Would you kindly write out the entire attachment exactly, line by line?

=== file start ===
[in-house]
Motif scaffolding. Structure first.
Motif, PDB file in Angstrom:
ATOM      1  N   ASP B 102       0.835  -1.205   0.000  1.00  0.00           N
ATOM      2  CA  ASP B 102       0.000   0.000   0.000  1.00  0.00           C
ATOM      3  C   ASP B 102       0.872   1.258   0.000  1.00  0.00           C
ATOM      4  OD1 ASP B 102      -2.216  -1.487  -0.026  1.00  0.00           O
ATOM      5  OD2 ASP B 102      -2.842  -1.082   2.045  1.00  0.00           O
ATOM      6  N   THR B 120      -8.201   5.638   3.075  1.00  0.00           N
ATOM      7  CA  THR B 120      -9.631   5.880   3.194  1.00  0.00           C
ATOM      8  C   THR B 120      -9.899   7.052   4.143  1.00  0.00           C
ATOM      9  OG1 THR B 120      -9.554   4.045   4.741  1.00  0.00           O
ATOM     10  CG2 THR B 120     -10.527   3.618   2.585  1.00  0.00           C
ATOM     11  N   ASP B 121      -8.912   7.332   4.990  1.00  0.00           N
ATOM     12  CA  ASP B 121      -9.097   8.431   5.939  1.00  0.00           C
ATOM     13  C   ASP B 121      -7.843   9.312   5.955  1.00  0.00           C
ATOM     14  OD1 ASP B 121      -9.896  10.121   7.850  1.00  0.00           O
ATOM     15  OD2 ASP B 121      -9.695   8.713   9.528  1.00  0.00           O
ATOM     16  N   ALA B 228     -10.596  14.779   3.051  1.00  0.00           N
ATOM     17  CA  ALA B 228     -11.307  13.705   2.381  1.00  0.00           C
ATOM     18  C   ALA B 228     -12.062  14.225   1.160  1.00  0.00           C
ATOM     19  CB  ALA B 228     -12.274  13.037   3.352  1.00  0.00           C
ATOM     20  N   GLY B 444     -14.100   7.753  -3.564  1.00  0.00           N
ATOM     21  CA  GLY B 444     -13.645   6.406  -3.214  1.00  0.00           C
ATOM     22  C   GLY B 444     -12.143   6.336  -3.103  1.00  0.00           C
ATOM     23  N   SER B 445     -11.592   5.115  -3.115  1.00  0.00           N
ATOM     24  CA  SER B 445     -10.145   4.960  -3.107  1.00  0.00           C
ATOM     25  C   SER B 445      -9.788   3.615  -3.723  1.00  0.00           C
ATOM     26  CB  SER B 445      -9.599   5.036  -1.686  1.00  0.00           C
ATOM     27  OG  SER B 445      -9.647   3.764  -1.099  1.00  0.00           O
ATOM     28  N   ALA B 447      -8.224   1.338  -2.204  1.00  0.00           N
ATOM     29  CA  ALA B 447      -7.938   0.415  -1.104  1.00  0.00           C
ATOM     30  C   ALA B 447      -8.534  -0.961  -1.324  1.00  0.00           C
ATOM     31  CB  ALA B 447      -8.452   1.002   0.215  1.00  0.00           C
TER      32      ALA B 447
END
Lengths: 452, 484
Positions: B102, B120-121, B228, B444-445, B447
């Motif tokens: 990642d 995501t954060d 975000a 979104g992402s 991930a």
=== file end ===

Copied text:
[in-house]
Motif scaffolding. Structure first.
Motif, PDB file in Angstrom:
ATOM      1  N   ASP B 102       0.835  -1.205   0.000  1.00  0.00           N
ATOM      2  CA  ASP B 102       0.000   0.000   0.000  1.00  0.00           C
ATOM      3  C   ASP B 102       0.872   1.258   0.000  1.00  0.00           C
ATOM      4  OD1 ASP B 102      -2.216  -1.487  -0.026  1.00  0.00           O
ATOM      5  OD2 ASP B 102      -2.842  -1.082   2.045  1.00  0.00           O
ATOM      6  N   THR B 120      -8.201   5.638   3.075  1.00  0.00           N
ATOM      7  CA  THR B 120      -9.631   5.880   3.194  1.00  0.00           C
ATOM      8  C   THR B 120      -9.899   7.052   4.143  1.00  0.00           C
ATOM      9  OG1 THR B 120      -9.554   4.045   4.741  1.00  0.00           O
ATOM     10  CG2 THR B 120     -10.527   3.618   2.585  1.00  0.00           C
ATOM     11  N   ASP B 121      -8.912   7.332   4.990  1.00  0.00           N
ATOM     12  CA  ASP B 121      -9.097   8.431   5.939  1.00  0.00           C
ATOM     13  C   ASP B 121      -7.843   9.312   5.955  1.00  0.00           C
ATOM     14  OD1 ASP B 121      -9.896  10.121   7.850  1.00  0.00           O
ATOM     15  OD2 ASP B 121      -9.695   8.713   9.528  1.00  0.00           O
ATOM     16  N   ALA B 228     -10.596  14.779   3.051  1.00  0.00           N
ATOM     17  CA  ALA B 228     -11.307  13.705   2.381  1.00  0.00           C
ATOM     18  C   ALA B 228     -12.062  14.225   1.160  1.00  0.00           C
ATOM     19  CB  ALA B 228     -12.274  13.037   3.352  1.00  0.00           C
ATOM     20  N   GLY B 444     -14.100   7.753  -3.564  1.00  0.00           N
ATOM     21  CA  GLY B 444     -13.645   6.406  -3.214  1.00  0.00           C
ATOM     22  C   GLY B 444     -12.143   6.336  -3.103  1.00  0.00           C
ATOM     23  N   SER B 445     -11.592   5.115  -3.115  1.00  0.00           N
ATOM     24  CA  SER B 445     -10.145   4.960  -3.107  1.00  0.00           C
ATOM     25  C   SER B 445      -9.788   3.615  -3.723  1.00  0.00           C
ATOM     26  CB  SER B 445      -9.599   5.036  -1.686  1.00  0.00           C
ATOM     27  OG  SER B 445      -9.647   3.764  -1.099  1.00  0.00           O
ATOM     28  N   ALA B 447      -8.224   1.338  -2.204  1.00  0.00           N
ATOM     29  CA  ALA B 447      -7.938   0.415  -1.104  1.00  0.00           C
ATOM     30  C   ALA B 447      -8.534  -0.961  -1.324  1.00  0.00           C
ATOM     31  CB  ALA B 447      -8.452   1.002   0.215  1.00  0.00           C
TER      32      ALA B 447
END
Lengths: 452, 484
Positions: B102, B120-121, B228, B444-445, B447
């Motif tokens: 990642d 995501t954060d 975000a 979104g992402s 991930a």